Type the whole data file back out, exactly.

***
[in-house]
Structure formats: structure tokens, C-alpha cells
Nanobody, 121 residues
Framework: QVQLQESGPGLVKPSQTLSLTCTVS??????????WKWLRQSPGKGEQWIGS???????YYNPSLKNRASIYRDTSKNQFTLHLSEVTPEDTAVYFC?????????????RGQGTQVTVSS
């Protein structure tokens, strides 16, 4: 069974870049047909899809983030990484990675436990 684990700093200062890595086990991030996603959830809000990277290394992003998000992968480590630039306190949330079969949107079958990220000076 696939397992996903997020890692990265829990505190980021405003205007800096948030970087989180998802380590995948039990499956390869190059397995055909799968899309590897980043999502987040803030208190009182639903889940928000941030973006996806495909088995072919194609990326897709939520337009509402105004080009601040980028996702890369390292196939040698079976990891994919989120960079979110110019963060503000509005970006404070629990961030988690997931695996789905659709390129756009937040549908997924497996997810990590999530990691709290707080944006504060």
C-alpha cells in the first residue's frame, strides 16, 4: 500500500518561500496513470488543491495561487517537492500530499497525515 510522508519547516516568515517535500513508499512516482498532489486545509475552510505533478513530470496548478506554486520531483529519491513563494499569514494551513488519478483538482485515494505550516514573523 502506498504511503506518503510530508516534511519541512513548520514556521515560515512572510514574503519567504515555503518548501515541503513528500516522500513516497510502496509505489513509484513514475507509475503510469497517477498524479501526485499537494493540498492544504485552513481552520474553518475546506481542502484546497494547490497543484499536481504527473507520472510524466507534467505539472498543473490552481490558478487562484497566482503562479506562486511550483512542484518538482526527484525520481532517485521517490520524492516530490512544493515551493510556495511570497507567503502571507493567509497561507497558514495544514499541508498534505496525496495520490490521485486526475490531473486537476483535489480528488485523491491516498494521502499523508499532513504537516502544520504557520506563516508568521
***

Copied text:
[in-house]
Structure formats: structure tokens, C-alpha cells
Nanobody, 121 residues
Framework: QVQLQESGPGLVKPSQTLSLTCTVS??????????WKWLRQSPGKGEQWIGS???????YYNPSLKNRASIYRDTSKNQFTLHLSEVTPEDTAVYFC?????????????RGQGTQVTVSS
């Protein structure tokens, strides 16, 4: 069974870049047909899809983030990484990675436990 684990700093200062890595086990991030996603959830809000990277290394992003998000992968480590630039306190949330079969949107079958990220000076 696939397992996903997020890692990265829990505190980021405003205007800096948030970087989180998802380590995948039990499956390869190059397995055909799968899309590897980043999502987040803030208190009182639903889940928000941030973006996806495909088995072919194609990326897709939520337009509402105004080009601040980028996702890369390292196939040698079976990891994919989120960079979110110019963060503000509005970006404070629990961030988690997931695996789905659709390129756009937040549908997924497996997810990590999530990691709290707080944006504060």
C-alpha cells in the first residue's frame, strides 16, 4: 500500500518561500496513470488543491495561487517537492500530499497525515 510522508519547516516568515517535500513508499512516482498532489486545509475552510505533478513530470496548478506554486520531483529519491513563494499569514494551513488519478483538482485515494505550516514573523 502506498504511503506518503510530508516534511519541512513548520514556521515560515512572510514574503519567504515555503518548501515541503513528500516522500513516497510502496509505489513509484513514475507509475503510469497517477498524479501526485499537494493540498492544504485552513481552520474553518475546506481542502484546497494547490497543484499536481504527473507520472510524466507534467505539472498543473490552481490558478487562484497566482503562479506562486511550483512542484518538482526527484525520481532517485521517490520524492516530490512544493515551493510556495511570497507567503502571507493567509497561507497558514495544514499541508498534505496525496495520490490521485486526475490531473486537476483535489480528488485523491491516498494521502499523508499532513504537516502544520504557520506563516508568521